I first saw Kayla Olson at an author event; she is a great speaker, and I learned a ton. If you get a chance to see her speak, definitely take it! Her book, THIS SPLINTERED SILENCE, is a must-read for anyone who loves deep space suspense, and it has one of the best beginnings I’ve seen.

Lindley Hamilton has been the leader of the space station Lusca since every first-generation crew member on board, including her mother, the commander, were killed by a deadly virus.

Lindley always assumed she’d captain the Lusca one day, but she never thought that day would come so soon. And she never thought it would be like this—struggling to survive every day, learning how to keep the Lusca running, figuring out how to communicate with Earth, making sure they don’t run out of food.

When a member of the surviving second generation dies from symptoms that look just like the deadly virus, though, Lindley feels her world shrinking even smaller. The disease was supposed to be over; the second generation was supposed to be immune. But as more people die, Lindley must face the terrifying reality that either the virus has mutated or something worse is happening: one of their own is a killer.

Your parents met while working at NASA. In what ways, if any, did this influence your love of space and/or science fiction? 

It absolutely encouraged a love of space from a very young age! Not only did my parents meet while working at NASA, my grandfather helped set up the original computers for NASA down in Houston, and my mother grew up in the same neighborhood as Neil Armstrong and a lot of the other astronauts, so I’ve always felt a pretty personal connection with the space program. I would never want to actually be an astronaut myself, but I am fascinated with the beauty and the science of it all.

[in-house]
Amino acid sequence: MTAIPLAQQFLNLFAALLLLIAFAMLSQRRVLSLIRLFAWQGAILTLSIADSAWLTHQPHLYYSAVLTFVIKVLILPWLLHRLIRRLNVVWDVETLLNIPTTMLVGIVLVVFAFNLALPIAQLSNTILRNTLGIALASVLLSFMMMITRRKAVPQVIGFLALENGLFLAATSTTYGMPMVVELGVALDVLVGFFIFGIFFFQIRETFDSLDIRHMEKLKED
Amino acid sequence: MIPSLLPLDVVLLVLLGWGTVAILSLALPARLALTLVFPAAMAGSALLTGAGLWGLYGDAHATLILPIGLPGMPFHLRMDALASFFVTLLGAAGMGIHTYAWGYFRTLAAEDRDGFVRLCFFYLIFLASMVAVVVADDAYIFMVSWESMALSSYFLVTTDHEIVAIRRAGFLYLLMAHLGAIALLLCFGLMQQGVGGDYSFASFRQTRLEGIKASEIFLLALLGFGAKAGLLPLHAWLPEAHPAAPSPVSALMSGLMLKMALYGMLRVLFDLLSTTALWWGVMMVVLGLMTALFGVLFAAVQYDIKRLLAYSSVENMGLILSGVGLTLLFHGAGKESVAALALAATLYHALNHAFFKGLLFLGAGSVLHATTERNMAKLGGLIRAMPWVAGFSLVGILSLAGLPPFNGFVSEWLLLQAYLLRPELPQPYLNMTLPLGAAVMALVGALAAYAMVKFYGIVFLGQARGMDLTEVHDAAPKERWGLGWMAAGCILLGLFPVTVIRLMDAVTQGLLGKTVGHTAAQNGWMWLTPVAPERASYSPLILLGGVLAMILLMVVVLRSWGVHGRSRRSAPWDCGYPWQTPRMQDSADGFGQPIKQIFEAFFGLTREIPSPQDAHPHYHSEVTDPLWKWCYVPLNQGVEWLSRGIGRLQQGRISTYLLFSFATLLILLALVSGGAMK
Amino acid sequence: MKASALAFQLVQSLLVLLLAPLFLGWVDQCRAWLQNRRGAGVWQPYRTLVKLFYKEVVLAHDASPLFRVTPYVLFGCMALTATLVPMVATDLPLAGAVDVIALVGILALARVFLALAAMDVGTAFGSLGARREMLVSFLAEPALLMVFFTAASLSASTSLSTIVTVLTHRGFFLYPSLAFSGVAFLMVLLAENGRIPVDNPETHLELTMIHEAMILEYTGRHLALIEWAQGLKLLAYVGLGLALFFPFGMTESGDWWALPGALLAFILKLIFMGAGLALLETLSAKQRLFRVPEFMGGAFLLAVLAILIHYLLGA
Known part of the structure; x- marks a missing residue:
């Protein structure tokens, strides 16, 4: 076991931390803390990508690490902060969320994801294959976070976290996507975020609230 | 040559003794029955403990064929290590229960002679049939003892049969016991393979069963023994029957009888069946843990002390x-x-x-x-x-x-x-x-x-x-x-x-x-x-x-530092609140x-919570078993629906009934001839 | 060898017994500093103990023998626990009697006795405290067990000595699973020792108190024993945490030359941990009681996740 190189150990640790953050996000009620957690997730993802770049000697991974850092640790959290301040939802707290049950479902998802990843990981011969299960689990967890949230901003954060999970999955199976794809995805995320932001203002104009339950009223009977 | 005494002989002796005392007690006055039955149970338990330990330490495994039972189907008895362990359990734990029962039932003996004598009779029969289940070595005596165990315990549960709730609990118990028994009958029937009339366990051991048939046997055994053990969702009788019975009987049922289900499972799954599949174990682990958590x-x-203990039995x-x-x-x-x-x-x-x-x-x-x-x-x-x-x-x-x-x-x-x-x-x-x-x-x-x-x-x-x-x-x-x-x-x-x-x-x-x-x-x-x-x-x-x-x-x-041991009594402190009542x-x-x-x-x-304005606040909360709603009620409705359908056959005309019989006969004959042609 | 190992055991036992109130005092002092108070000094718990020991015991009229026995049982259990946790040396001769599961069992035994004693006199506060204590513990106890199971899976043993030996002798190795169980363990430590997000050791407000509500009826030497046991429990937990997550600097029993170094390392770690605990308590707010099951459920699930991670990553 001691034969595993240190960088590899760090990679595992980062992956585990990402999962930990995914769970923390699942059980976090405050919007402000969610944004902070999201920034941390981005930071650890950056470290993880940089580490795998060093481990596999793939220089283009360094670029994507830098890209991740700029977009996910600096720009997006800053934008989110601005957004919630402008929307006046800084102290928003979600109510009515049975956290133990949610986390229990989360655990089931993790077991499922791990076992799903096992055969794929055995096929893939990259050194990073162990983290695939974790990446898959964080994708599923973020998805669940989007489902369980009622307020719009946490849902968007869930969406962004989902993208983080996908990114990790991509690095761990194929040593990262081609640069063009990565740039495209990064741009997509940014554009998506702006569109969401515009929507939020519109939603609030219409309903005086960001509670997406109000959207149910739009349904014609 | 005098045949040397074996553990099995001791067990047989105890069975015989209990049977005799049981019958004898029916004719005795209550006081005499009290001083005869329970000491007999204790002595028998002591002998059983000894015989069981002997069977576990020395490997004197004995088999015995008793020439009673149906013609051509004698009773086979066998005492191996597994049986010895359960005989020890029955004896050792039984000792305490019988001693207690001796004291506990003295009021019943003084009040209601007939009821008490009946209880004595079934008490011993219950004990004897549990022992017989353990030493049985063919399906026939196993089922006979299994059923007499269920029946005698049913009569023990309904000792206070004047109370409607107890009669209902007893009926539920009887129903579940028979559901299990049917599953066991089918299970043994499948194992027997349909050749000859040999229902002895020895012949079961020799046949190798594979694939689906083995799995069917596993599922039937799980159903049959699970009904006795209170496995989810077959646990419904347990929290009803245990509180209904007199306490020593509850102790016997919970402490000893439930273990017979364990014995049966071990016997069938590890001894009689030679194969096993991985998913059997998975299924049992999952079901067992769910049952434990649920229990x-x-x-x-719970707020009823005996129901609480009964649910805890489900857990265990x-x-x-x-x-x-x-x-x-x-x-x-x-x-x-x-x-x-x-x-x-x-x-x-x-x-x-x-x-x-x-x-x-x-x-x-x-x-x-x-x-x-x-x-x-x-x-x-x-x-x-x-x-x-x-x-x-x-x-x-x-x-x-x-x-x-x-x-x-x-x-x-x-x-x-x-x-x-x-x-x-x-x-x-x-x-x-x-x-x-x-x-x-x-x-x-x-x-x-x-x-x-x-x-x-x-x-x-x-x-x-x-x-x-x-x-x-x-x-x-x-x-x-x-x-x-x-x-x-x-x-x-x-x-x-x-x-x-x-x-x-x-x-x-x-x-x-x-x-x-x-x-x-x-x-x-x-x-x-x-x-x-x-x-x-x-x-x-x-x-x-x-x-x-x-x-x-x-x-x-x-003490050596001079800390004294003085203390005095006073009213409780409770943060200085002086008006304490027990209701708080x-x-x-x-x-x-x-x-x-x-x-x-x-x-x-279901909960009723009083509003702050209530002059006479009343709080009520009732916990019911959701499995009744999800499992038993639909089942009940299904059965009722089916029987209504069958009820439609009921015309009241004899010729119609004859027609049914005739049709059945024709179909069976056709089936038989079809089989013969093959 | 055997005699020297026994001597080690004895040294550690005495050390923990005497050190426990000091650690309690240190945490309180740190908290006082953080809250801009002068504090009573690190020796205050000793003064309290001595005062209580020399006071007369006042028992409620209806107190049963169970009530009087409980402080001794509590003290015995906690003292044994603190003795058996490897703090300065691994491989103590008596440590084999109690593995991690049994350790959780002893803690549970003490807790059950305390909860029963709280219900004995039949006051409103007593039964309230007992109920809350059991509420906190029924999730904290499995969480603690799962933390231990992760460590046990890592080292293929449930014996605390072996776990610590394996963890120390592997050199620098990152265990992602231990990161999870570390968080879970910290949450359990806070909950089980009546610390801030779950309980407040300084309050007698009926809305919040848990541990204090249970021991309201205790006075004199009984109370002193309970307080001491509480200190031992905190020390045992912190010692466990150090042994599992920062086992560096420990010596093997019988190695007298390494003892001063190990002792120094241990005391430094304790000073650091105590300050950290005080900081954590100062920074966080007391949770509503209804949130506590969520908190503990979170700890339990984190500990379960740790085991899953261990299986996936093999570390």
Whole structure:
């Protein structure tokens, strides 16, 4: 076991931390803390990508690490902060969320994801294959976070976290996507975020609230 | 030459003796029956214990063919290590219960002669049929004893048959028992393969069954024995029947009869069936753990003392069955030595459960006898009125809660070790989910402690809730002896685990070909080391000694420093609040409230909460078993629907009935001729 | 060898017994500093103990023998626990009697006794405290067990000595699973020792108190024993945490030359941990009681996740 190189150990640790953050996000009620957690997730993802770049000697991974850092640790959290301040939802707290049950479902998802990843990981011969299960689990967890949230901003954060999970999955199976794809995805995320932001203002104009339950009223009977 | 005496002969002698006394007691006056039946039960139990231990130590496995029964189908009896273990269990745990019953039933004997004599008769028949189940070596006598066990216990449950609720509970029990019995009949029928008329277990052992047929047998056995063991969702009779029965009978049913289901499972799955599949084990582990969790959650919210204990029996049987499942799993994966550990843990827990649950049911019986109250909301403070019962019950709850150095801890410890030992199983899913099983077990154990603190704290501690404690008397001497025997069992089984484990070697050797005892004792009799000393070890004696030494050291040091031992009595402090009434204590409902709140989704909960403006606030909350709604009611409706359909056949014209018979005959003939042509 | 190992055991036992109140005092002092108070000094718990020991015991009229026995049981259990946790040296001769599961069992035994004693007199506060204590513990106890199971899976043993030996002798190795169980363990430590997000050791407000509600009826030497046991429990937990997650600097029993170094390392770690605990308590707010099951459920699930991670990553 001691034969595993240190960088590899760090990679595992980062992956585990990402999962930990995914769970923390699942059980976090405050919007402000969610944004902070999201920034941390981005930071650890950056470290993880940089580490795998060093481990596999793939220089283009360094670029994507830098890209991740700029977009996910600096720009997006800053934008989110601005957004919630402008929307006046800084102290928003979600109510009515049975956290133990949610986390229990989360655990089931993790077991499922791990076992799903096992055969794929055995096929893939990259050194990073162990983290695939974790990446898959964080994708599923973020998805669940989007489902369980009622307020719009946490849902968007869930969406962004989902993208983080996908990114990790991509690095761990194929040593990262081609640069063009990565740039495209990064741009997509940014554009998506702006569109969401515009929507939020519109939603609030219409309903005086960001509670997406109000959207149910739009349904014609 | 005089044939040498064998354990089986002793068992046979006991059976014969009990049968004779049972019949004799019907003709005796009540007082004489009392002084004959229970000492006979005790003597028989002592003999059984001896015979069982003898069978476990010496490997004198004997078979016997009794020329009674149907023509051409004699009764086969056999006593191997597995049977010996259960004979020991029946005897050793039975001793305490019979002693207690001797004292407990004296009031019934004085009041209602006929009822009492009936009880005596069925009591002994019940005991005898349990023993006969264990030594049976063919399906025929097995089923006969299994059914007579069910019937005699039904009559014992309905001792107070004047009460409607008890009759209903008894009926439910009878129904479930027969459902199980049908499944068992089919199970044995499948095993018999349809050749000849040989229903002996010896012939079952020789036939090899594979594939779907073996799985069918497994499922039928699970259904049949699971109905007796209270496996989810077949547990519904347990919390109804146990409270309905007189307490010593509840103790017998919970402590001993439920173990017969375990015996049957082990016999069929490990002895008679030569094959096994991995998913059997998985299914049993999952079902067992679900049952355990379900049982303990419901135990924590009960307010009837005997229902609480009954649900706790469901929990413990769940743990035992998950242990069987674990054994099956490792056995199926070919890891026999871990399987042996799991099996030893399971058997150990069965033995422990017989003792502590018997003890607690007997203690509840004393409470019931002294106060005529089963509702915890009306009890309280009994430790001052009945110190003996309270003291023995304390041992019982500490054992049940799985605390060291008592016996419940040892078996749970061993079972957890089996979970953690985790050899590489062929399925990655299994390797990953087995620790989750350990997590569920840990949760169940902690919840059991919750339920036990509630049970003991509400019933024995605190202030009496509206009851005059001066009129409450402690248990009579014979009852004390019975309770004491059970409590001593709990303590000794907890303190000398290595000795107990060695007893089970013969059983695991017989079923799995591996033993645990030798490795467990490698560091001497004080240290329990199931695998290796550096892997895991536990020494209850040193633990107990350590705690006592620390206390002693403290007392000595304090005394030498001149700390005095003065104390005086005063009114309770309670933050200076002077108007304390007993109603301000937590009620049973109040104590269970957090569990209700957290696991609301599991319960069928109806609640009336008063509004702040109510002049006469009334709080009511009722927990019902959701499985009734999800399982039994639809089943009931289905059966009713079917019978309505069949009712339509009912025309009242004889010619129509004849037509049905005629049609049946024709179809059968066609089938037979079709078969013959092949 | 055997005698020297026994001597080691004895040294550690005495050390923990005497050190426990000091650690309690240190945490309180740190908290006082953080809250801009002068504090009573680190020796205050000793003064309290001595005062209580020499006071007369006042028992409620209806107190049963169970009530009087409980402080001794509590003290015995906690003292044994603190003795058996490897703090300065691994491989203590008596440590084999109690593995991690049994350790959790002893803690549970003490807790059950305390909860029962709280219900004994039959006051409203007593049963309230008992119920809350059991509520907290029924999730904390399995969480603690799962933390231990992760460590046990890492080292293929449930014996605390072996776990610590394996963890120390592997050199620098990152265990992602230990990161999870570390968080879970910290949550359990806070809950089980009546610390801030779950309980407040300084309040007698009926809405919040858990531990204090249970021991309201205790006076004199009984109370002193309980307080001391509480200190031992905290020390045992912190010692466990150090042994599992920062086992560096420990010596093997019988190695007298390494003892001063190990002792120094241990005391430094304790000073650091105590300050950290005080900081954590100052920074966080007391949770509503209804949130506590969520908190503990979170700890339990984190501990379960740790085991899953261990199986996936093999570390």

It certainly is fascinating! THIS SPLINTERED SILENCE confronts what it’s like to be isolated within the vastness of space. How might Lindley’s experience resonate with readers? 

For Lindley, the space station is all she’s ever known—it’s home. What suddenly makes her feel isolated from the rest of the world is the death of her mother, along with the entire first generation of experts who keep their station/mission running smoothly, and the technological malfunctions that prevent her from contacting her support base outside of the station. Even though Lindley’s specific situation takes place in the depths of space, I think the feelings she goes through—grief, loneliness, shifting friendship dynamics, pressure to do the right thing all the time—are relatable to so many of us down on earth, too.

Indeed they are. At an author event, you said, “Create because you love it.” In your opinion, what makes this an important thing to remember? 

YES, this is the piece of advice I give more than anything else, because I feel like it’s so crucial to anyone who’s trying to put their creative work out into the world! You cannot control anything other than your own process—you can’t control if people will love it or hate it or be lukewarm, or if they’ll give you the yes or no you need to put it out there. The full piece of advice I always give is “write because you love it, not because you want someone to love you for it”—there will always be someone who doesn’t, or road blocks along the way that trip you up. If you only create because you want to please other people, that is the sort of flimsy validation that will cause you to question everything when (not if) times get tough. If you create because you love it, that love will sustain you through the inevitable hard times, help you to be able to look at them with gratitude, and find the strength and motivation and joy to pick up and keep going. Creating out of love for the process helps take the pressure off of “being successful” at it in a real, measurable way, and will often lead to a more peaceful work mentality (and, I believe, stronger work, because you’re writing what resonates strongly with YOU, not just something you think other people want!)!

So true! What are some of your current projects? 

I’m about to dive in to a revision on the first draft I finished recently—I’m keeping pretty quiet about that one at the moment, but I hope to be able to share more about it in the months to come!

Buy: Book Passage ~ Amazon ~ Barnes and Noble ~ Indiebound

Buy: Book Passage ~ Amazon ~ Barnes and Noble ~ Indiebound

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